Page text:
Quarreling and bickering among siblings are painfully common in family life. While children are declared innocent because of the atonement (D&C 93:38), it is also true that “when they begin to grow up, sin conceiveth in their hearts” (Moses 6:55).
Everyone who works with children knows that they can be not only charming, sweet, and delightful, but also selfish, pouty, and demanding. They are not automatically or naturally cooperative and peace-loving.
In spite of the challenges in getting children to be kind and considerate, the Lord offers this sobering injunction to parents:
And ye will not suffer your children that they go hungry, or naked; neither will ye suffer that they transgress the laws of God, and fight and quarrel one with another, and serve the devil, who is the master of sin. (Mosiah 4:14, emphasis added)
It seems that God equates children’s fighting and quarreling with transgressing the laws of God and serving the devil. Since fighting and quarreling are so common, this commandment establishes a sobering challenge for parents. How can parents prevent contention between their children?
The Natural Parent
There are two popular methods for dealing with sibling conflict. One is parental intrusion. Parents separate the children, figure out who is the offending party, and punish them for their contention.
This method can only work as long as there is a parent available to intervene in the conflict. Even if this method interrupts the conflict it does not solve the problem; children do not learn new ways of dealing with their differences with their siblings.
The second method is lecturing. The main problem with lecturing is that it doesn’t work – and it generally insults and demoralizes children. Children respond to accusation with defensiveness; they blame their siblings and excuse themselves. The result is an increase in the contention in the family. That cannot be what God has in mind when he commands us to prevent fighting and quarreling. What’s the solution?
Decades of research have established that the best method for parents to influence children is something that developmentalists call “induction,” which is defined as parents reasoning with children and helping them understand the effects of their behavior on others. Induction, as defined by scholars, is strikingly similar to the methods of influence recommended by the Lord:
No power or influence can or ought to be maintained by virtue of the priesthood [or, presumably, parenthood], only by persuasion, by long-suffering, by gentleness and meekness, and by love unfeigned;
By kindness, and pure knowledge, which shall greatly enlarge the soul without hypocrisy, and without guile (D&C 121:41-42, emphasis added).
God has been teaching us from the beginning of time that we cannot teach goodness with harshness. We must use gentle and wise principles of influence. His recommendations from section 121 deserve a lifetime of study.
We can compare that instruction from the Doctrine and Covenants to directions given by King Benjamin immediately after counseling us to help children avoid quarreling and fighting:
But ye will teach them to walk in the ways of truth and soberness; ye will teach them to love one another, and to serve one another. (Mosiah 4:15, emphasis added)
Parents almost universally will agree with that objective. We want our children to love and serve each other. We want peaceful homes. We yearn for loving and helpful relationships between our children. But how can we make this happen?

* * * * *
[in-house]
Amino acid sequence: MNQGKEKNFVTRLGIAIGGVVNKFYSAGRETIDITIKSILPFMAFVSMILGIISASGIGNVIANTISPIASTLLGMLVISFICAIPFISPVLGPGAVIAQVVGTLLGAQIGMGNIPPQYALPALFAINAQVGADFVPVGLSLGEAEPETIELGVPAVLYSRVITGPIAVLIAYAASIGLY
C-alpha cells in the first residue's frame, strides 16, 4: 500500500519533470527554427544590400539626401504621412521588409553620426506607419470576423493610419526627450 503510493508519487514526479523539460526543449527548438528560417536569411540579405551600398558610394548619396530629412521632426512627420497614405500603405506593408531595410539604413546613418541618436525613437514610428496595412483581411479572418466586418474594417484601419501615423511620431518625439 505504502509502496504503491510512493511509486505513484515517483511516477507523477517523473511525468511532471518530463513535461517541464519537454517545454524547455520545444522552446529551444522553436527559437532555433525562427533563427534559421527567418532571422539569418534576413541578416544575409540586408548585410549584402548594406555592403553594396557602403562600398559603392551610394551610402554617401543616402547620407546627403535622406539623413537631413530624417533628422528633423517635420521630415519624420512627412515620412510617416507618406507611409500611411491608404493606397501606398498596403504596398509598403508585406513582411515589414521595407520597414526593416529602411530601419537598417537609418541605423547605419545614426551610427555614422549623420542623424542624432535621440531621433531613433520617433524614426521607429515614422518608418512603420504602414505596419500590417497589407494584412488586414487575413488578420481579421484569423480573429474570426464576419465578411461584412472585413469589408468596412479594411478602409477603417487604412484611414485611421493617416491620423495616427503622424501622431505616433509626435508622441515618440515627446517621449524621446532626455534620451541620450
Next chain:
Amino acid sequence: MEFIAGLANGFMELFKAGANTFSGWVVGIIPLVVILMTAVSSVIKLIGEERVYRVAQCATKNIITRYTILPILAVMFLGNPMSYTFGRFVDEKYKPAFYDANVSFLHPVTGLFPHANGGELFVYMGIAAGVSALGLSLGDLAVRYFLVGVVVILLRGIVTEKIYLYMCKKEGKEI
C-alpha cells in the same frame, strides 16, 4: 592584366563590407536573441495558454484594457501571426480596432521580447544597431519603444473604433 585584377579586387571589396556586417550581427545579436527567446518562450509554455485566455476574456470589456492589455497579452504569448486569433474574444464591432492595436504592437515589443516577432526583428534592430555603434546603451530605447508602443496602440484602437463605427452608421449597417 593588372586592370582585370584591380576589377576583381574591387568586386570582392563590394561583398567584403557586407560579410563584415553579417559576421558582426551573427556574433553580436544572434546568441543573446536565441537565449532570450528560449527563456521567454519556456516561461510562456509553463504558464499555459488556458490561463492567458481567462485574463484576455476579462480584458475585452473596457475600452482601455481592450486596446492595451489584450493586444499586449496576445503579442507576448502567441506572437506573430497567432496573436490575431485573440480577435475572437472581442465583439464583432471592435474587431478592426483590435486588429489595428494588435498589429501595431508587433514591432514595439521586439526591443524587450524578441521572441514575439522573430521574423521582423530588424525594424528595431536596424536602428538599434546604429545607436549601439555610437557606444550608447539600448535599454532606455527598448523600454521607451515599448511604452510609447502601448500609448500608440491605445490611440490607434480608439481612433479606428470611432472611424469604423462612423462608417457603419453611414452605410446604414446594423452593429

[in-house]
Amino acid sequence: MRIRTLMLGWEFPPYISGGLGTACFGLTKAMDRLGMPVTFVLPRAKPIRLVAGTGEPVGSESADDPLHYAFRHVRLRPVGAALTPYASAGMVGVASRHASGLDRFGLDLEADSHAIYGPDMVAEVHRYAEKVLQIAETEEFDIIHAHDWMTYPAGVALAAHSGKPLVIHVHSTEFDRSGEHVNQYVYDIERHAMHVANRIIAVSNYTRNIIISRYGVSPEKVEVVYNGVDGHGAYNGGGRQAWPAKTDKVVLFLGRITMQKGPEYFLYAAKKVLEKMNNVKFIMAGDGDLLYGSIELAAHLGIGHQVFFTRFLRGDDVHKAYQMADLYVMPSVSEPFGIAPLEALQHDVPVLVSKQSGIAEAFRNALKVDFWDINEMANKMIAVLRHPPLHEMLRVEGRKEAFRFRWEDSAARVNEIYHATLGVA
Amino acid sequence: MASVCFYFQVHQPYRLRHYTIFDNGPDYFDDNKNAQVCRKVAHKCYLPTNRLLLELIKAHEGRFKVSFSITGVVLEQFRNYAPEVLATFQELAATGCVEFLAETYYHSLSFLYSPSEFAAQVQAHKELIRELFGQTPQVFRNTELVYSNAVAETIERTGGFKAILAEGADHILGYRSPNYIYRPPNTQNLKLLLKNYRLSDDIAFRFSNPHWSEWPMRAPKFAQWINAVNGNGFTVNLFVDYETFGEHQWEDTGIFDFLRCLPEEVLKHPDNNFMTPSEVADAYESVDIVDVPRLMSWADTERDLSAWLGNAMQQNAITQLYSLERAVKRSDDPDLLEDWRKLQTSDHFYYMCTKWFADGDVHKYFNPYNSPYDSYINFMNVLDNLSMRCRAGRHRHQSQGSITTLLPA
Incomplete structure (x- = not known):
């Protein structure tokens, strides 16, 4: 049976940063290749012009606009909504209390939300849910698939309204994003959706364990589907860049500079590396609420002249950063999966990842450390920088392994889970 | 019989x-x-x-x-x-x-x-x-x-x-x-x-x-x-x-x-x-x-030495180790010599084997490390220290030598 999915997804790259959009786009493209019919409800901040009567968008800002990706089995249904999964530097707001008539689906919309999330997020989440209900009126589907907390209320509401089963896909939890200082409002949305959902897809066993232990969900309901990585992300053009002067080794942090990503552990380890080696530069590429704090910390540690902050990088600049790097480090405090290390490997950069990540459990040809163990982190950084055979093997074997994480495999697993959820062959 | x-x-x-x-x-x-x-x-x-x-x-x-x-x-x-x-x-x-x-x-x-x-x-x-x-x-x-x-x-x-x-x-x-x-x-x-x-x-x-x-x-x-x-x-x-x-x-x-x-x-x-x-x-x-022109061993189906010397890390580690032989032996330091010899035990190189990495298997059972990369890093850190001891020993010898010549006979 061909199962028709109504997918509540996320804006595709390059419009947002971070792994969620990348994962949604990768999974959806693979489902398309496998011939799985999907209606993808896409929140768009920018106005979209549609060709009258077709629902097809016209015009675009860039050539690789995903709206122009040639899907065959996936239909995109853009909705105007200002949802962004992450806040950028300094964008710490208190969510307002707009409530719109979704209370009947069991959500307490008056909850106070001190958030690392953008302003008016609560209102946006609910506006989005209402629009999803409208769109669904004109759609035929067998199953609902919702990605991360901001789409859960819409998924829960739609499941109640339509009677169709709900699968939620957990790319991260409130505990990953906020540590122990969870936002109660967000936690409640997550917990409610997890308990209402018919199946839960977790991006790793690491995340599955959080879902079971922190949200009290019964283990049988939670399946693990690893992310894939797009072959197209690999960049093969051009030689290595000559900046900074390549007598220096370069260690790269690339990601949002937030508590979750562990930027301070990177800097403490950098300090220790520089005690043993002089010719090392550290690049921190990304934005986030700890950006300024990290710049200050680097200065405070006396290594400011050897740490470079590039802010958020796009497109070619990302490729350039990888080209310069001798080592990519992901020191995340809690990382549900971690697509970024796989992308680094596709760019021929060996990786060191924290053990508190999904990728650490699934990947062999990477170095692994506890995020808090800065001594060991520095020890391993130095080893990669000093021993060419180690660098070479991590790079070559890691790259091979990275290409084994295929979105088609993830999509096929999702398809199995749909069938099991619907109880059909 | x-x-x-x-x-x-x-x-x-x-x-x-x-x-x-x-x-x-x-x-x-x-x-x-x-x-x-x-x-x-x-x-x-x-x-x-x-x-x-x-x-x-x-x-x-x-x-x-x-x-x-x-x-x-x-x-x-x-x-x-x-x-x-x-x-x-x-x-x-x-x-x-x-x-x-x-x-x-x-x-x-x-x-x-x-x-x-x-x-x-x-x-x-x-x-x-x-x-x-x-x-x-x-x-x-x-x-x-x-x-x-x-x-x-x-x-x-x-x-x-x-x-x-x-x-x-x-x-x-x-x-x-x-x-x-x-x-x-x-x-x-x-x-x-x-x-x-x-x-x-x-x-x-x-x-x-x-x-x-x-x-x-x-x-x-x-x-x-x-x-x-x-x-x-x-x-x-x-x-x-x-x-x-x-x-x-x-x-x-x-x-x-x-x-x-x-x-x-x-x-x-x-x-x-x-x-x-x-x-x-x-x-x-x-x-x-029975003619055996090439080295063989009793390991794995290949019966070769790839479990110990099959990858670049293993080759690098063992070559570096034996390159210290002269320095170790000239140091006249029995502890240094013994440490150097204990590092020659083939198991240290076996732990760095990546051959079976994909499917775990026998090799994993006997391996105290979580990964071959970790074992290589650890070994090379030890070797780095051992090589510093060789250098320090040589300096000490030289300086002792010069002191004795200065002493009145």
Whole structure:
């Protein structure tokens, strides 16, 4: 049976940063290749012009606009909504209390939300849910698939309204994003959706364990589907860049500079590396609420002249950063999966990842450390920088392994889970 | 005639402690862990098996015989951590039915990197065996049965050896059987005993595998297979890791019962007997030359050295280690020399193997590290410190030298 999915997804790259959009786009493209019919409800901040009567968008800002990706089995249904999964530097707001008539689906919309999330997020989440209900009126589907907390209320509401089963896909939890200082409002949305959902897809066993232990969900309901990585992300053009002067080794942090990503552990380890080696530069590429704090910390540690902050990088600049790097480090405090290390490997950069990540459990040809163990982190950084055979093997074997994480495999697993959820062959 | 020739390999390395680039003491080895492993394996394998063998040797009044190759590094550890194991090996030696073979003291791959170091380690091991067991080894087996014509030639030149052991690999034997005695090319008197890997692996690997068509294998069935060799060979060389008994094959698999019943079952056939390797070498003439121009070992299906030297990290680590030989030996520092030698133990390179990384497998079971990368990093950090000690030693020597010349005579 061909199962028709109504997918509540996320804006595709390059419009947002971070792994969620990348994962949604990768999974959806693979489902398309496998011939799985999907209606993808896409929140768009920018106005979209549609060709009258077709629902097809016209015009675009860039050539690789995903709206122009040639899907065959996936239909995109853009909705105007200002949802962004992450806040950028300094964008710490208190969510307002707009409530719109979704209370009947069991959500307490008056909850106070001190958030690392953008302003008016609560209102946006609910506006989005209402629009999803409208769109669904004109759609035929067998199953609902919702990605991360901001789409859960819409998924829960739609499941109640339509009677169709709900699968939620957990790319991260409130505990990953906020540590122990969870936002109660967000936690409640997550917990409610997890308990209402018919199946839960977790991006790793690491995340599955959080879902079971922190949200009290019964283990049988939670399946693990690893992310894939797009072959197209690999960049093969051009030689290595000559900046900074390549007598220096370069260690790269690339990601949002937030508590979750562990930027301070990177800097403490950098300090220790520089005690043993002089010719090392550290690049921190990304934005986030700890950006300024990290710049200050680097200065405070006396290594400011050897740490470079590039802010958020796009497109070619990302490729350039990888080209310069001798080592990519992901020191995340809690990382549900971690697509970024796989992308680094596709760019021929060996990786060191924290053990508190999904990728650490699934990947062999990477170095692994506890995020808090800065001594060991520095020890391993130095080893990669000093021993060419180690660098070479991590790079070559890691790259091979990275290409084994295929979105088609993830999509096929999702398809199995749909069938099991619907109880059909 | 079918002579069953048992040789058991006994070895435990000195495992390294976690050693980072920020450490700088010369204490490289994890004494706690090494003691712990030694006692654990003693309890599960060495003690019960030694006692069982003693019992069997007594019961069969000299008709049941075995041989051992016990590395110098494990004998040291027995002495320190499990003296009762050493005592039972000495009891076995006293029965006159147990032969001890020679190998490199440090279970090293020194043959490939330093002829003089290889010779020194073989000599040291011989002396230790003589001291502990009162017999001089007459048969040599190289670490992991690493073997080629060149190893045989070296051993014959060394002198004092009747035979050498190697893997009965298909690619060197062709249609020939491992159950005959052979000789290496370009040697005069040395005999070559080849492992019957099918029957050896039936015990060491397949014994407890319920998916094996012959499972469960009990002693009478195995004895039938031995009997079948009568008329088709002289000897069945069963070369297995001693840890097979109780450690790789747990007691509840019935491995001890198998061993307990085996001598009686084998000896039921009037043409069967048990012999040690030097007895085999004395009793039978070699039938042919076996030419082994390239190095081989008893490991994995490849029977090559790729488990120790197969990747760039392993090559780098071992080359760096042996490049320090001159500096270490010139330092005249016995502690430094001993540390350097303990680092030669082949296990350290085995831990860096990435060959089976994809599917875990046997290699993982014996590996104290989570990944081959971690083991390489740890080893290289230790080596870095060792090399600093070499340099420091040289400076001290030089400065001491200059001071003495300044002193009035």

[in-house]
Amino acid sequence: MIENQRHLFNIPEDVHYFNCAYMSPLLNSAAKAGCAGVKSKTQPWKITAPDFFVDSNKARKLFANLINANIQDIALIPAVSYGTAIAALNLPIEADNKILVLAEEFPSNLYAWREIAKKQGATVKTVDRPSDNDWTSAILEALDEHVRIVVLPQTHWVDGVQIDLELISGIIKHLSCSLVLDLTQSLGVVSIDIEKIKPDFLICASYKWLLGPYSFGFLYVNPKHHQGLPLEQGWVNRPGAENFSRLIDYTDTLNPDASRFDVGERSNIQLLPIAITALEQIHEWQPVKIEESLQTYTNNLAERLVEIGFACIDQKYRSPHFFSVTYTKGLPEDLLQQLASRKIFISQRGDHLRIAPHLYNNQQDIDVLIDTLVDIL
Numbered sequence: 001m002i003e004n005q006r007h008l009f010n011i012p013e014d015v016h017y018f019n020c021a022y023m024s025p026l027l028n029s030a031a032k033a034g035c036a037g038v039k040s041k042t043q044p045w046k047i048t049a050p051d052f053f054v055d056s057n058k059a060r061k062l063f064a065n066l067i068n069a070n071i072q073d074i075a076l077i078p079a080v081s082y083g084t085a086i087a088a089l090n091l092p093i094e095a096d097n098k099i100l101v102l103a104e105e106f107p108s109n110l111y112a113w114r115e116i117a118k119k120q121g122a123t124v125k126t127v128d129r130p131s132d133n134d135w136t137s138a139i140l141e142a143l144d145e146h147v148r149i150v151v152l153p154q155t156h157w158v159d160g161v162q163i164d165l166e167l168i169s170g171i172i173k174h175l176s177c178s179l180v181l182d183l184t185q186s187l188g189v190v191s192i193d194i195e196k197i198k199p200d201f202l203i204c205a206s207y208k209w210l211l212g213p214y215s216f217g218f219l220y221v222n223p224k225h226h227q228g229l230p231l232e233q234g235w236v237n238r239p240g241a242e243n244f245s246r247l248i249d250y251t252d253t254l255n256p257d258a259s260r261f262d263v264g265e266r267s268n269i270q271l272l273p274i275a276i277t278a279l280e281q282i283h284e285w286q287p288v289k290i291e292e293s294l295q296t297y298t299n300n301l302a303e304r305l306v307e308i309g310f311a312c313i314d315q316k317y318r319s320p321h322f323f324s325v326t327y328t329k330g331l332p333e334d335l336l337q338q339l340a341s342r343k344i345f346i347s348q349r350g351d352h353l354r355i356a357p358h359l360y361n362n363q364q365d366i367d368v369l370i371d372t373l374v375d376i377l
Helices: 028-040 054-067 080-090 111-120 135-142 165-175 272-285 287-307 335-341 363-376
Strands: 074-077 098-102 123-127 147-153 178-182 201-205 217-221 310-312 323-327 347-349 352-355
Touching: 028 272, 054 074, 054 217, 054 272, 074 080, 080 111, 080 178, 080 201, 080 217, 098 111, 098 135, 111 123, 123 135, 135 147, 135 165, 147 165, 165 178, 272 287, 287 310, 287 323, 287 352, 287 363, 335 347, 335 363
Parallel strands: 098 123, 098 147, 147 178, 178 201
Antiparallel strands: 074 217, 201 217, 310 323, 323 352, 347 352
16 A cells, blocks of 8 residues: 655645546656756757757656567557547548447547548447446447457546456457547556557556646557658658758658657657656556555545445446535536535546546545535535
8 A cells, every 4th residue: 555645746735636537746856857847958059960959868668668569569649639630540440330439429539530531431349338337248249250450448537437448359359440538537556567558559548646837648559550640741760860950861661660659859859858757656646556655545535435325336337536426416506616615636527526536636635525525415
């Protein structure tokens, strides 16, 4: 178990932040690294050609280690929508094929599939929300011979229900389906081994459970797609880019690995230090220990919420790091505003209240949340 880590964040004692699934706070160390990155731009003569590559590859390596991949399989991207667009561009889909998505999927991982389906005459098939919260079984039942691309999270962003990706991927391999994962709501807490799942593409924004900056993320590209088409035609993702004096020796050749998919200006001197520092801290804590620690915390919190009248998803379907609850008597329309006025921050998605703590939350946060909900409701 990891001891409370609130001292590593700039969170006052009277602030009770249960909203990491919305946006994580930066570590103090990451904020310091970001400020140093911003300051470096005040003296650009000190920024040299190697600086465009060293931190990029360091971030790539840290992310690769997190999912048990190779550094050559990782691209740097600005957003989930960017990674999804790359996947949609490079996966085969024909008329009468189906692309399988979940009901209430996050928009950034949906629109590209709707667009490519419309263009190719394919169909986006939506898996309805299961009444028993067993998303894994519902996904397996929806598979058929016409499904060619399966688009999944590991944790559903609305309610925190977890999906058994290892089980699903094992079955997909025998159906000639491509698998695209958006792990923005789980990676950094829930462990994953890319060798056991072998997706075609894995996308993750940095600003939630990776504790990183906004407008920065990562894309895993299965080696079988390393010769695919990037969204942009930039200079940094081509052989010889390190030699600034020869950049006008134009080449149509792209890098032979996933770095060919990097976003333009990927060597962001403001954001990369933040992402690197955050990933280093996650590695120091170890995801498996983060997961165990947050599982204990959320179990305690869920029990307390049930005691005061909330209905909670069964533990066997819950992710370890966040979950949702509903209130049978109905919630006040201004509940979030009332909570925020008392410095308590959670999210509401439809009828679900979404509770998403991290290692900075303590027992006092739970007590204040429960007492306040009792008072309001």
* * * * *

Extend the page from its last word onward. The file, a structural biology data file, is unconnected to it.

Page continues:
Helping Children Find Something Better than Quarreling
Imagine that your 5-year-old daughter wanders into her older brother’s room. He is concentrating on building a Lego structure. Sister is fascinated by brother’s building. She watches and asks her brother questions for a time and then picks up some Legos to do some building of her own. He grabs the Legos from her, pushes her toward the door and shouts that she should stay out of his room. Little sister runs to you crying.
You are frustrated and angry. You are tempted to lecture your son about being kind and inclusive with his sister. Or you may want to lecture your daughter about respecting your son’s space.
But neither of these responses teaches the children to love and serve each other. Neither response helps the children work together. What would God have you do? The vast research on moral development gives us clues as to how to apply God’s counsel to our parenting . (1) That research together with God’s perfect guidance can help us establish five steps.
Let’s imagine that your focus is on helping your son respond to his sister more helpfully.
Here are five steps that summarize the counsel of research:
1. Engage your son in a gentle way.
2. Give your son credit for anything you can.
3. Show that you understand your son’s point of view.
4. Draw your son’s attention to his sister’s distress and dilemma.
5. Once your son feels understood (as evidenced by being calm and peaceful), then we can help him think of a way to make repairs.
These steps are consistent with the research on moral development and the research on emotion coaching. In the next article, I will give more details about these five steps.
You may be interested in Brother Goddard’s books such as Soft-Spoken Parenting, Drawing Heaven into Your Marriage, and Between Parent and Child. For more information about his books or his schedule at Education Week, visit www.FamilyCollege.com
(1) For scholarly sources, see Martin L. Hoffman, Empathy and Moral Development: Implications for Caring and Justice; John C. Gibbs, Moral Development and Reality; Wendy S. Grolnick, The Psychology of Parental Control. For applied approaches, see Haim G. Ginott, Between Parent and Child; John Gottman, Raising an Emotionally Intelligent Child.